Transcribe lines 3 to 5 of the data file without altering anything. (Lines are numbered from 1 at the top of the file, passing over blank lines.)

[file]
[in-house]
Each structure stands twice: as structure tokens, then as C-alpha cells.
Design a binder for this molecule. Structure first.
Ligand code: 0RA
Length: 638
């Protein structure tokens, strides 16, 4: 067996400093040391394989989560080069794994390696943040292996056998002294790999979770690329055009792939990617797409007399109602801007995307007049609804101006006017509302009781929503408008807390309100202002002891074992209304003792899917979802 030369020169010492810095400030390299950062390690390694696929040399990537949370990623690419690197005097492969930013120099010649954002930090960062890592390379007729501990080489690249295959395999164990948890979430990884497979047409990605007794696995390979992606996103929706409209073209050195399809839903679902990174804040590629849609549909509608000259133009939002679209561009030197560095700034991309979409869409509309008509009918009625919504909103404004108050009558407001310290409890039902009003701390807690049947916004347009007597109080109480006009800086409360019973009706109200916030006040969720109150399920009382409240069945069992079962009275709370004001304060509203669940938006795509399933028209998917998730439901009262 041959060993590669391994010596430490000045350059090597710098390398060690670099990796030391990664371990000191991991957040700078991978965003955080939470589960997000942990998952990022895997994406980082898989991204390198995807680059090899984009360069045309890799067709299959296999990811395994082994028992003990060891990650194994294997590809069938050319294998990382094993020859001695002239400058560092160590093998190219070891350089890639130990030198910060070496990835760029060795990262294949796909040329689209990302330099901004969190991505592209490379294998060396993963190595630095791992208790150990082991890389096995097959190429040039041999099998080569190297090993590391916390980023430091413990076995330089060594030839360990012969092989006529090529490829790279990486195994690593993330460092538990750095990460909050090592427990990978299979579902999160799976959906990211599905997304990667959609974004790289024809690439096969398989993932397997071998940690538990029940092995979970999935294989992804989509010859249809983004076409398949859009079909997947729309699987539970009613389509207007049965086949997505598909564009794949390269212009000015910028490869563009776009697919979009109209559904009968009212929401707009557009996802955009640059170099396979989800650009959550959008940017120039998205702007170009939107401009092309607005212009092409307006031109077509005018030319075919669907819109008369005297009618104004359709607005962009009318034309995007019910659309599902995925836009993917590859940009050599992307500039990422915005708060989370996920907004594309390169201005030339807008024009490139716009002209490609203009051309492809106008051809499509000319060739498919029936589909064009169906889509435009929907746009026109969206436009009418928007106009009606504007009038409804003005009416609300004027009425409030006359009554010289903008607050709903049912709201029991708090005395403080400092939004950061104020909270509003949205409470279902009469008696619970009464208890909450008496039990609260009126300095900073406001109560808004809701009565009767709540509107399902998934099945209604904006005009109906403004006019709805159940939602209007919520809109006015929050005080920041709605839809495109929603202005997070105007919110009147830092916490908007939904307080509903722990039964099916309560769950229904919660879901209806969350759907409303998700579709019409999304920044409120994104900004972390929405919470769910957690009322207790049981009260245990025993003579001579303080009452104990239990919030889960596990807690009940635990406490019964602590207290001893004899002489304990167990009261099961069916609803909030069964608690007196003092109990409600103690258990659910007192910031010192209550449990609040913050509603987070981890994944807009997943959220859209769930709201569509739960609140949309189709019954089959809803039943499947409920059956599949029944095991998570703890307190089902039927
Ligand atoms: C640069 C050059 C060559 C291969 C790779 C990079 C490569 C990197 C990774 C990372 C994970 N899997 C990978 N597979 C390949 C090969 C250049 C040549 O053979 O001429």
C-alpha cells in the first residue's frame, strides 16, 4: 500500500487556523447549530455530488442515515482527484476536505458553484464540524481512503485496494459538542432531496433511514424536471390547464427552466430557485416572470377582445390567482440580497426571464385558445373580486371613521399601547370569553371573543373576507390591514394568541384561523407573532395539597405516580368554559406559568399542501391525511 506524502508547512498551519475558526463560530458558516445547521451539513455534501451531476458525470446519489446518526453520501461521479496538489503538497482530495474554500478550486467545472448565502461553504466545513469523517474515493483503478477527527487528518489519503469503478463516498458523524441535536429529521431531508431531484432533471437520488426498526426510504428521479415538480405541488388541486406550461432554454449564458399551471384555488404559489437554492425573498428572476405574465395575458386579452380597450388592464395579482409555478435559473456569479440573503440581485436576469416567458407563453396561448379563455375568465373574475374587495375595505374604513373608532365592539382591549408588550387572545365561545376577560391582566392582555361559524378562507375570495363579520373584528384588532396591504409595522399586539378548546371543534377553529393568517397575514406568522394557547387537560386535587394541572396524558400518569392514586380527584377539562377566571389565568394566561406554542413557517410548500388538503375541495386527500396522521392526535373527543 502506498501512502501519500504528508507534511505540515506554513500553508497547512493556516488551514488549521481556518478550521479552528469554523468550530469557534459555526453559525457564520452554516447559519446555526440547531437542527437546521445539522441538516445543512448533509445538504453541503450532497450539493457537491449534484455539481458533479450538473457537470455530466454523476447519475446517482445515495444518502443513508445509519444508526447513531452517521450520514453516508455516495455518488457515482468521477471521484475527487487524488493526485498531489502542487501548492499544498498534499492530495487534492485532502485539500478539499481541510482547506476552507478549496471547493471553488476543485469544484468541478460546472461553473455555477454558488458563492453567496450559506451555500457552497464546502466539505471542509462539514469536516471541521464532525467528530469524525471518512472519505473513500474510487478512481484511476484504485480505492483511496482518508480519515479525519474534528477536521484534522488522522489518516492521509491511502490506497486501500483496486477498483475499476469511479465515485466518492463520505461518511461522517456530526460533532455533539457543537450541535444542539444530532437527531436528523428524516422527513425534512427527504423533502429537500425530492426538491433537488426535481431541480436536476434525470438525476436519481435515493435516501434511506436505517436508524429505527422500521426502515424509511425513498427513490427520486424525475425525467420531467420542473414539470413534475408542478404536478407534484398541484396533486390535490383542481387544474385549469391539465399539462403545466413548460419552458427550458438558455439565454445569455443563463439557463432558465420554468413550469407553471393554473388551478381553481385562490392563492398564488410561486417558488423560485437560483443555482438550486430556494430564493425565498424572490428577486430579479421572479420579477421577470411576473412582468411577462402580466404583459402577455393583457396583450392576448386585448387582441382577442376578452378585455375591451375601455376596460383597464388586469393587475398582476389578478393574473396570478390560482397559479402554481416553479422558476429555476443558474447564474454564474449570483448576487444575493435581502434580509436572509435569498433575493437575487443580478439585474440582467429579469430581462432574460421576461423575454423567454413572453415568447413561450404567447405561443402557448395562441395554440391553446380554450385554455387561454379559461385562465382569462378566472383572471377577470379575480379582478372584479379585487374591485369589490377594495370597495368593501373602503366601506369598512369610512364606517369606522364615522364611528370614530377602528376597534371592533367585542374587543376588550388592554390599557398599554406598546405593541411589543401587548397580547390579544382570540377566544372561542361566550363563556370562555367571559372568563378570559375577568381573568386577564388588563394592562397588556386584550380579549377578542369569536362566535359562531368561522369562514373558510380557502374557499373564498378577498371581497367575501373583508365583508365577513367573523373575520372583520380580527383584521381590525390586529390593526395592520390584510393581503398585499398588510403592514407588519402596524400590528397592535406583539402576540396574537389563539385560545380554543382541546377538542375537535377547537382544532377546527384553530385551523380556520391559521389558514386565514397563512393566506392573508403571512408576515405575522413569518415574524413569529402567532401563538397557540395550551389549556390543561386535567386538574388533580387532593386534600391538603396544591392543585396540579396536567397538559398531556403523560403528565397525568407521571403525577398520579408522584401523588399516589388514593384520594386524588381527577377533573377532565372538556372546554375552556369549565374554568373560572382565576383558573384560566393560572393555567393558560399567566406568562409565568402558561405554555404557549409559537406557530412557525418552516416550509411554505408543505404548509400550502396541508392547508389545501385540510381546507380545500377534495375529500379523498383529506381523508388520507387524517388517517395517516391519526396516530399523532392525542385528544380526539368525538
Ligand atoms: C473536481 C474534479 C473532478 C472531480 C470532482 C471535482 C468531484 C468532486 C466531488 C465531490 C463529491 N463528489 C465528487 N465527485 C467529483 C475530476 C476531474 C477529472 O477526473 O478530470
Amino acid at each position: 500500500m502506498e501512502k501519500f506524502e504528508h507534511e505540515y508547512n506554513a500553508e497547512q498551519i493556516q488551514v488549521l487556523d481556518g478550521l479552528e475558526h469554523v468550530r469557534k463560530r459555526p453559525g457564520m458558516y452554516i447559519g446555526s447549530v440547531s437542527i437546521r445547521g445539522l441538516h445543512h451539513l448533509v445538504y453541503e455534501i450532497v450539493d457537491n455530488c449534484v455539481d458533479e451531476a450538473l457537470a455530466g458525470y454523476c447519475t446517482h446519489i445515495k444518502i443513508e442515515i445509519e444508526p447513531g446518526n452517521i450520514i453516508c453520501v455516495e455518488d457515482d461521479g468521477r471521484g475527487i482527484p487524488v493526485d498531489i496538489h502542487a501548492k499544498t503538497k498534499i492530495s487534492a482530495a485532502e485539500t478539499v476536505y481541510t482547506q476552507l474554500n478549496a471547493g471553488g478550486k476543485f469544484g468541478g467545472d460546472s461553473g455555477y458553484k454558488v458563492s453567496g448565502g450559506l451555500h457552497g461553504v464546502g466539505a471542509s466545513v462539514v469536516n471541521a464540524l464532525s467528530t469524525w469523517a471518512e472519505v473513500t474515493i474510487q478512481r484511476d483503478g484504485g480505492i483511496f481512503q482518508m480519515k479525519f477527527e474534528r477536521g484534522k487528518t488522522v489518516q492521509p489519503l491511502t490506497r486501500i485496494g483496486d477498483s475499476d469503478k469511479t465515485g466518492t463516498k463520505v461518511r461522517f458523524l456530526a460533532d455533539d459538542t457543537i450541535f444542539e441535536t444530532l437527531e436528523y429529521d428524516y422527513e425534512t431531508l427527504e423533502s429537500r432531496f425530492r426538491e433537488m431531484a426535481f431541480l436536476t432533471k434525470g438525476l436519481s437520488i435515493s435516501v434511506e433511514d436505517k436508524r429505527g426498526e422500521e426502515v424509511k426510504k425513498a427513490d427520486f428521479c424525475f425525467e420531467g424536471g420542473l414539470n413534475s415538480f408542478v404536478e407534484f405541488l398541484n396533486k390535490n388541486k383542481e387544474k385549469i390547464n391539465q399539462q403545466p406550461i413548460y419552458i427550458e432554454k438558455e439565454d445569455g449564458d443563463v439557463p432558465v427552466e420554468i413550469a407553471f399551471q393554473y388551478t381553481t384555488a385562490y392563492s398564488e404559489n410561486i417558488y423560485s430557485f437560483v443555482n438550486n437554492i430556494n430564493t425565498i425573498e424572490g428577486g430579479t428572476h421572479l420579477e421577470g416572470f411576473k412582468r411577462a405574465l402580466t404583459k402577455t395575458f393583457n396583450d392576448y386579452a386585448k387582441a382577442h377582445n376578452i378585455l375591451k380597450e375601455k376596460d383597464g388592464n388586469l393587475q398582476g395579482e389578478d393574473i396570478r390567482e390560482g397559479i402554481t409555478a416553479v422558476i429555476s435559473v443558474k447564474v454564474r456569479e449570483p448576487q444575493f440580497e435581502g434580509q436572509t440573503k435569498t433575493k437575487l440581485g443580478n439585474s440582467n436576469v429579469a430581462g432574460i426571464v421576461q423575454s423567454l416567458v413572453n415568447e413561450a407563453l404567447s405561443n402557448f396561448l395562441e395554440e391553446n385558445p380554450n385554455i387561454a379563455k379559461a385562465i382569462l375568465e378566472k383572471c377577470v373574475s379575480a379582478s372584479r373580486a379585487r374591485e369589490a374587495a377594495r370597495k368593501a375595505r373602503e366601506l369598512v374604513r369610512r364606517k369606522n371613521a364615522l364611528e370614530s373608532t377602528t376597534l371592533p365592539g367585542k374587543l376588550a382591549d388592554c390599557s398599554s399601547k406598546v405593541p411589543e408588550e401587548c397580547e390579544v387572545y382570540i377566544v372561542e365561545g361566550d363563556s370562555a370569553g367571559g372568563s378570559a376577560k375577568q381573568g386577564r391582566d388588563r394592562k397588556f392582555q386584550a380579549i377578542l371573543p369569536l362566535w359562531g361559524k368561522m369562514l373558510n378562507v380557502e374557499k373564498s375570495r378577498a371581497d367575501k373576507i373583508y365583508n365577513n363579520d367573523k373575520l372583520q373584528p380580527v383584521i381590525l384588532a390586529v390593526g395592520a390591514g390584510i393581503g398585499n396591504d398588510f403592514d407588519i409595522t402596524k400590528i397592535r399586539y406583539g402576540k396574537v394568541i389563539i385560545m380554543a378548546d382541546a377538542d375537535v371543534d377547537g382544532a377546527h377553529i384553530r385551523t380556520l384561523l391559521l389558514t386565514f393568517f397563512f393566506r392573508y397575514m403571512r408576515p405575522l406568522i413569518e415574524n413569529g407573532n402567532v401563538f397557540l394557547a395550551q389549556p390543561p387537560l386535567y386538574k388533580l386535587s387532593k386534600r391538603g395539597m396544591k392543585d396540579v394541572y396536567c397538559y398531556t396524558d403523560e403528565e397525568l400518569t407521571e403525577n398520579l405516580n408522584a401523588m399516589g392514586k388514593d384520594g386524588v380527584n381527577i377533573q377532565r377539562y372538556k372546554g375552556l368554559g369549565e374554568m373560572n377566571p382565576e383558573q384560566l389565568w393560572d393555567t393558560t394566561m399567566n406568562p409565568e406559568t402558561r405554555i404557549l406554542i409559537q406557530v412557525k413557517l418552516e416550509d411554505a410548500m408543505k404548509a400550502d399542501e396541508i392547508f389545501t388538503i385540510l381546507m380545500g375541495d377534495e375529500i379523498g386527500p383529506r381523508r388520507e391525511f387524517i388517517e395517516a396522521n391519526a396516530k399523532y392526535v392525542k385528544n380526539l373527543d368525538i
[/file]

Design a binder for this molecule. Structure first.
Ligand code: 0RA
Length: 638